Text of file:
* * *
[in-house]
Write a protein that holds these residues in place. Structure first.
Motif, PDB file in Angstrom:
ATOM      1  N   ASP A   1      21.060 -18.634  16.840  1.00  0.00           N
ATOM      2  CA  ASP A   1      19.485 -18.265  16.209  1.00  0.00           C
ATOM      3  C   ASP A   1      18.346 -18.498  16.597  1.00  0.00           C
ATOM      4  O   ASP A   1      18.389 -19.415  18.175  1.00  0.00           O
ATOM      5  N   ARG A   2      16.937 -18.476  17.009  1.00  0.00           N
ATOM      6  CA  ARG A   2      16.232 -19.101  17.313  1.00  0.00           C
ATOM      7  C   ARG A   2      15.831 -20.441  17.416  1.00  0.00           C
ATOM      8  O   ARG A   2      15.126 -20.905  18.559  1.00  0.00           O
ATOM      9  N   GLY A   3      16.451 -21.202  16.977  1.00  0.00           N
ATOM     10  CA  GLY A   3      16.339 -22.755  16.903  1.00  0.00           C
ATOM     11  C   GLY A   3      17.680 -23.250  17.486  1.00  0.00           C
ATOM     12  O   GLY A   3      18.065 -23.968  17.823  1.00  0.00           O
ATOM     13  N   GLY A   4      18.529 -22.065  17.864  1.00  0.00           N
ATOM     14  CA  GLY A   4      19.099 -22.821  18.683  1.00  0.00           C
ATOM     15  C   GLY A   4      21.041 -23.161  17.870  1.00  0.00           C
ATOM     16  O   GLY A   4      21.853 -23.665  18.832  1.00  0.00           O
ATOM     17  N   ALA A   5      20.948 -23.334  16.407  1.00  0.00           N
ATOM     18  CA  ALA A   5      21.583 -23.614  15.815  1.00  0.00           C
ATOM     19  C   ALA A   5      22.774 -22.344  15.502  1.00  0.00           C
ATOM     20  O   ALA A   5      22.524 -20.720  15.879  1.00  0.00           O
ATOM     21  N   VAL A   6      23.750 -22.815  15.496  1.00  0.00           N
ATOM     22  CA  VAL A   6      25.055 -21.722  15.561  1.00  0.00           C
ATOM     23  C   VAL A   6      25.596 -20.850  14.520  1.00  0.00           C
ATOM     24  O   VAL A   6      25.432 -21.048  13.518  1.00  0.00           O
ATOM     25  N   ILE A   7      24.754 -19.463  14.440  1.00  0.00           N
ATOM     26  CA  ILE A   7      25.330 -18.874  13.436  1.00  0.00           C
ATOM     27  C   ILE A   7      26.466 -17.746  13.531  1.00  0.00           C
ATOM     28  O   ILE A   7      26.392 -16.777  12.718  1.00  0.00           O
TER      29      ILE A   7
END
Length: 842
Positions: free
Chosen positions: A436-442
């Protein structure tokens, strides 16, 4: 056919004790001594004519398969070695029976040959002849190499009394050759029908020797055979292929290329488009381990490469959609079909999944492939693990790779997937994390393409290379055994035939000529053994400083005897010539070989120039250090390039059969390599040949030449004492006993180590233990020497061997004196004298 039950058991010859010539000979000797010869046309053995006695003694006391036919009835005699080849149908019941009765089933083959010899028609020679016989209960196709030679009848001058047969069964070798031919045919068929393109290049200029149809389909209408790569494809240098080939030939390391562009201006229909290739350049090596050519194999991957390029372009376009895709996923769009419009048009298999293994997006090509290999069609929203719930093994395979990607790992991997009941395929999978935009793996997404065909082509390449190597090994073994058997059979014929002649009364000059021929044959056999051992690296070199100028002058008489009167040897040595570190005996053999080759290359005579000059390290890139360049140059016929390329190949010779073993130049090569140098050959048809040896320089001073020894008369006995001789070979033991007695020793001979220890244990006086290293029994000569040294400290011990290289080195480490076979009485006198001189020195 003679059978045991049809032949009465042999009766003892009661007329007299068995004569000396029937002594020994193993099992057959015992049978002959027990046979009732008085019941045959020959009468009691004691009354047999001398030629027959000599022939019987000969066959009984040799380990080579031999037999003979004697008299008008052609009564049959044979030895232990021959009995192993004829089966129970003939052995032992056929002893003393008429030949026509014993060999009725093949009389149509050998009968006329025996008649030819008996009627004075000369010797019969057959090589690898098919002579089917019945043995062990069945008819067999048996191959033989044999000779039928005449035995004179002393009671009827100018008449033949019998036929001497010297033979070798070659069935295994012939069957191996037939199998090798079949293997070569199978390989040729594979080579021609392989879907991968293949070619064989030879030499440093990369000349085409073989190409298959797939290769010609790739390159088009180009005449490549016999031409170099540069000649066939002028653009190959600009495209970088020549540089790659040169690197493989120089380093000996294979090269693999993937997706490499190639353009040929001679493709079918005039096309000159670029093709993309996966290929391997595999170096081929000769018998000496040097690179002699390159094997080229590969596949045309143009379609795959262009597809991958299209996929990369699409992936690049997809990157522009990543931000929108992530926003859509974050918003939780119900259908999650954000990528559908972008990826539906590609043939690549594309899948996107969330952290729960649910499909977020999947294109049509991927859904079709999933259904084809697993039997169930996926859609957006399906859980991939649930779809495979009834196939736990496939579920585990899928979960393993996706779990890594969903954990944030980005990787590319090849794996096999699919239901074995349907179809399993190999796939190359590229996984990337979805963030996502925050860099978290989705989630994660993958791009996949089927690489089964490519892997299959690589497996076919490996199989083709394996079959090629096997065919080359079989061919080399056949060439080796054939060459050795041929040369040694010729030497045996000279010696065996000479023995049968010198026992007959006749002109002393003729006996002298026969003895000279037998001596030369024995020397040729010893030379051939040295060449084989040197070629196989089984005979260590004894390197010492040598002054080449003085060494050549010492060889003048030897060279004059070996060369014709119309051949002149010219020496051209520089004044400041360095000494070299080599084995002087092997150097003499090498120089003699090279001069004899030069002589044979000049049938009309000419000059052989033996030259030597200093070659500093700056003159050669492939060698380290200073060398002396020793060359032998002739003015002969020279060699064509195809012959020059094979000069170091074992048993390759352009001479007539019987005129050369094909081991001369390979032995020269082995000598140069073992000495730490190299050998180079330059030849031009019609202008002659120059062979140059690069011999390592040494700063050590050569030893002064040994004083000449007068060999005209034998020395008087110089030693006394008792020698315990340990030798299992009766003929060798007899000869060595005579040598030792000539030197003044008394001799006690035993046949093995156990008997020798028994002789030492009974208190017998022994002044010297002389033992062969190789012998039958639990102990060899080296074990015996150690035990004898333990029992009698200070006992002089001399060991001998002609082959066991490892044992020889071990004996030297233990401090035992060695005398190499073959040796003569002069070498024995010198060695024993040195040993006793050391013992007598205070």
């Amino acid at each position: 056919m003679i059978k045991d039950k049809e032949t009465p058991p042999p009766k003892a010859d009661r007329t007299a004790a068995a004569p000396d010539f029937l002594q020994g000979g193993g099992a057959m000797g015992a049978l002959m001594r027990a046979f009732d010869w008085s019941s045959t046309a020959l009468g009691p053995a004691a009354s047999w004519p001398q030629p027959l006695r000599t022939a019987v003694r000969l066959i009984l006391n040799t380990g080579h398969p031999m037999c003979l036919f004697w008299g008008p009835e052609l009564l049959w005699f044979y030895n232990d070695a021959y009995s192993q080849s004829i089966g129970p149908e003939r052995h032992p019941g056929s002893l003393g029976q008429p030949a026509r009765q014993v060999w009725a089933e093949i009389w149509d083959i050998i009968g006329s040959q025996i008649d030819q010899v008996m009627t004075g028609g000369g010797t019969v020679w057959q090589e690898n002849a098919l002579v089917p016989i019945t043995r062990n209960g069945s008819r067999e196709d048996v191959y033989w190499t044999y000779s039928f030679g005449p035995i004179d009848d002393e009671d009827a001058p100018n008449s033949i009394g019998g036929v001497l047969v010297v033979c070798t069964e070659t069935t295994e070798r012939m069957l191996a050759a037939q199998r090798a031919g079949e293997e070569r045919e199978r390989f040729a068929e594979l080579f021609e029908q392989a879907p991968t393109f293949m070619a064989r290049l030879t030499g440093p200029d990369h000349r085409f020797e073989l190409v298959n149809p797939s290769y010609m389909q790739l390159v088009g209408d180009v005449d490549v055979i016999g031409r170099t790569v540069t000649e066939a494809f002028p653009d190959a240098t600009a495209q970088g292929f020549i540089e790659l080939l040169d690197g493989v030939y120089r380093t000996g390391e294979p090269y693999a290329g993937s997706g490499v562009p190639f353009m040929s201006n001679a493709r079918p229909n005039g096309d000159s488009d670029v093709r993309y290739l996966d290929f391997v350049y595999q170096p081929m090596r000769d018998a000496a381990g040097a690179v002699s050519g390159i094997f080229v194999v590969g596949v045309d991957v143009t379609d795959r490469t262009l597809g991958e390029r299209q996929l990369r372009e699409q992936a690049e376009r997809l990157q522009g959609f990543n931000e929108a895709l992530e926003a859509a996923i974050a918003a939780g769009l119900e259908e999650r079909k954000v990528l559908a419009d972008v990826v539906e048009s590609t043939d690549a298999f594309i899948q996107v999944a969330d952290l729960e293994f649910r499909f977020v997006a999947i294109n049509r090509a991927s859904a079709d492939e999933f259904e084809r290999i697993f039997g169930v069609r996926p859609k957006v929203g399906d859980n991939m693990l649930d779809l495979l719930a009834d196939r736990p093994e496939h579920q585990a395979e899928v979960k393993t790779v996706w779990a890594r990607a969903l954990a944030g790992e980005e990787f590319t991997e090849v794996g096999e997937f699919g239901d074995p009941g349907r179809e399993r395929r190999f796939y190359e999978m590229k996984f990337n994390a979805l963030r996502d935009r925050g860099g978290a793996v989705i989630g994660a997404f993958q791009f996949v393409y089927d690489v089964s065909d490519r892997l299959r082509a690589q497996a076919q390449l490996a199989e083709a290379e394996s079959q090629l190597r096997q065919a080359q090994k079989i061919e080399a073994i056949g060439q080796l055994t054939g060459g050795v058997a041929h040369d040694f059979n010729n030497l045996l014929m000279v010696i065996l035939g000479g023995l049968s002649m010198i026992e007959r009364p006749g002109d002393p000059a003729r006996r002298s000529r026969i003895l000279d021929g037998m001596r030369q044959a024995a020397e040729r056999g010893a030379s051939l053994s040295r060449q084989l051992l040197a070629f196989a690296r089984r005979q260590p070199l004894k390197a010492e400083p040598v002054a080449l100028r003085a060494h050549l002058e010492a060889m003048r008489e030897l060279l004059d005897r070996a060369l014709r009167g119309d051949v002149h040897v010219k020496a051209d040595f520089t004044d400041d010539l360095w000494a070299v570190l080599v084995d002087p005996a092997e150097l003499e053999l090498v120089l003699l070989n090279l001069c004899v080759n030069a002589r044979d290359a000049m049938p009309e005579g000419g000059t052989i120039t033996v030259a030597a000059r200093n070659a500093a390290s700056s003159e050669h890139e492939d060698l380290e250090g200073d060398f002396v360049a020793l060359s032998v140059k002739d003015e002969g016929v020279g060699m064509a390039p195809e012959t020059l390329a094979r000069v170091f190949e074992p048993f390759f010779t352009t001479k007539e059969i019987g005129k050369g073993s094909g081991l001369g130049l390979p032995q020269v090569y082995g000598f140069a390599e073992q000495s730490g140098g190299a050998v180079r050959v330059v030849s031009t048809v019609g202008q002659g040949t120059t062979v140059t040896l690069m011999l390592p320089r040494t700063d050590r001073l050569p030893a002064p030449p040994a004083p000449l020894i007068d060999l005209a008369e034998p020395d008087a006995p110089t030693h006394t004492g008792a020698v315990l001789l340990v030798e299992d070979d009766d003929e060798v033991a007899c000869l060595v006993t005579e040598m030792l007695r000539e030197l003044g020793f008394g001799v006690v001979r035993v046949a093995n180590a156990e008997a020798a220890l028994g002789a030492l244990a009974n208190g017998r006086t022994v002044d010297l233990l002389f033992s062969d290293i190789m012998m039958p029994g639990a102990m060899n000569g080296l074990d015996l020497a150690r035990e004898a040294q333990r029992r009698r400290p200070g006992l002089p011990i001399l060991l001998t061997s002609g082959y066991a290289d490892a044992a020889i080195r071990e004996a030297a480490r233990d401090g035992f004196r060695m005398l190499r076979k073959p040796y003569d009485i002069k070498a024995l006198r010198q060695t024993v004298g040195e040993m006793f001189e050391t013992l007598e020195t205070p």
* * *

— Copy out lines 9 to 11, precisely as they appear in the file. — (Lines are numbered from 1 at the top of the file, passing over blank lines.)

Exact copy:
ATOM      6  CA  ARG A   2      16.232 -19.101  17.313  1.00  0.00           C
ATOM      7  C   ARG A   2      15.831 -20.441  17.416  1.00  0.00           C
ATOM      8  O   ARG A   2      15.126 -20.905  18.559  1.00  0.00           O